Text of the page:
Cesar Franck is famous for the exceptional emotional quality of his music. Franck's symphonies are more than just music -- they're dramatizations of emotion. His most famous piece, especially as far as its emotional nature, is his symphony in D minor. A short segment from the second movement of the symphony serves as the theme music for Quiet, Please.
Ray is a guest in the house of a blind psychologist. He's there with the intent of stealing the man's wife, who he has been seeing for a while. It so happens that he gets into an argument with the psychologist about whether or not someone can be hypnotized against their will. Ray says it's impossible, but the psychologist proves his point with a demonstration... on Ray.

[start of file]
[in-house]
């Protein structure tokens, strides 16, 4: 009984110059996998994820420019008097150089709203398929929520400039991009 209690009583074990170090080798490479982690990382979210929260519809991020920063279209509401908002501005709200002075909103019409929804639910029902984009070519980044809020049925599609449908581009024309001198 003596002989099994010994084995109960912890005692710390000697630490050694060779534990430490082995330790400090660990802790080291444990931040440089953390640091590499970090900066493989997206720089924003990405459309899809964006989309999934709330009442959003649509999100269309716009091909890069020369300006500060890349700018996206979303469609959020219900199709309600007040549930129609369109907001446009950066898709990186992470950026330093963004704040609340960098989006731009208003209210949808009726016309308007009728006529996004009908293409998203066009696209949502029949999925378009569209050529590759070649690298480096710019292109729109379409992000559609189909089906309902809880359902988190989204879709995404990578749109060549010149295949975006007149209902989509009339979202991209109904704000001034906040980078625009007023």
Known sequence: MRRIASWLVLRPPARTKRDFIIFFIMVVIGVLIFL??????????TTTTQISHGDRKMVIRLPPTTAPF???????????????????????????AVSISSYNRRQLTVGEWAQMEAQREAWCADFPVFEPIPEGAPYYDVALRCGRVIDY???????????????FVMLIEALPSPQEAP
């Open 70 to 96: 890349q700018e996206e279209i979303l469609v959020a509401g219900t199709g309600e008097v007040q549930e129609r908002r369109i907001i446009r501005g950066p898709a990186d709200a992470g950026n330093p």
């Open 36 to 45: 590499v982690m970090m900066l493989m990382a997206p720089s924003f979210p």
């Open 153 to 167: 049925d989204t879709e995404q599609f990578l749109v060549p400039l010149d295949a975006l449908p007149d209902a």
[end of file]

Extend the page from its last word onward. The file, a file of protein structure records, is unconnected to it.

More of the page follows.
The plot of "Symphony In D Minor" swings back and forth across the range of human emotions. The rapidly moving plot in many ways resembles the movement of Franck's music. The last episode on mutual, "Symphony In D Minor" pays homage to the music that had been integral to the storytelling of the series throughout its run.
He doesn't know what I know. He doesn't know what I'm going to do.